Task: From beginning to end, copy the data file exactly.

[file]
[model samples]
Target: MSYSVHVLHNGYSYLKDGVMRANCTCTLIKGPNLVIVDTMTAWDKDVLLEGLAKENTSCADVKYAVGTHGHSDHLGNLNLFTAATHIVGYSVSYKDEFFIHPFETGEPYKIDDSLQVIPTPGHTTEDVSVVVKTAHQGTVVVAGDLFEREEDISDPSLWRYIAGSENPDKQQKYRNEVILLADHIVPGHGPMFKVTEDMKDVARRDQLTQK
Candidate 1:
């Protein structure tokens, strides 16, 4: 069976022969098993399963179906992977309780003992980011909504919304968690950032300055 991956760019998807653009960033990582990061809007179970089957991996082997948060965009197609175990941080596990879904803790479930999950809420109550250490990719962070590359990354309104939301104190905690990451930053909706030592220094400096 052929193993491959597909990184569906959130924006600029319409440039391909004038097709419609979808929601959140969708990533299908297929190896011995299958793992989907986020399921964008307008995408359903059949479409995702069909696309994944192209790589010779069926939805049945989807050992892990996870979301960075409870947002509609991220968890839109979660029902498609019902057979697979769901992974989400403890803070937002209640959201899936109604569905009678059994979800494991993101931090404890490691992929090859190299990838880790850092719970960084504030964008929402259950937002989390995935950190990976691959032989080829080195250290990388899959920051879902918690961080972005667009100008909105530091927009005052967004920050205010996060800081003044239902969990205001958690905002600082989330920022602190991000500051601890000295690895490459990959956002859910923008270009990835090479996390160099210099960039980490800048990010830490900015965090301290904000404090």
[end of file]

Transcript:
[model samples]
Target: MSYSVHVLHNGYSYLKDGVMRANCTCTLIKGPNLVIVDTMTAWDKDVLLEGLAKENTSCADVKYAVGTHGHSDHLGNLNLFTAATHIVGYSVSYKDEFFIHPFETGEPYKIDDSLQVIPTPGHTTEDVSVVVKTAHQGTVVVAGDLFEREEDISDPSLWRYIAGSENPDKQQKYRNEVILLADHIVPGHGPMFKVTEDMKDVARRDQLTQK
Candidate 1:
């Protein structure tokens, strides 16, 4: 069976022969098993399963179906992977309780003992980011909504919304968690950032300055 991956760019998807653009960033990582990061809007179970089957991996082997948060965009197609175990941080596990879904803790479930999950809420109550250490990719962070590359990354309104939301104190905690990451930053909706030592220094400096 052929193993491959597909990184569906959130924006600029319409440039391909004038097709419609979808929601959140969708990533299908297929190896011995299958793992989907986020399921964008307008995408359903059949479409995702069909696309994944192209790589010779069926939805049945989807050992892990996870979301960075409870947002509609991220968890839109979660029902498609019902057979697979769901992974989400403890803070937002209640959201899936109604569905009678059994979800494991993101931090404890490691992929090859190299990838880790850092719970960084504030964008929402259950937002989390995935950190990976691959032989080829080195250290990388899959920051879902918690961080972005667009100008909105530091927009005052967004920050205010996060800081003044239902969990205001958690905002600082989330920022602190991000500051601890000295690895490459990959956002859910923008270009990835090479996390160099210099960039980490800048990010830490900015965090301290904000404090």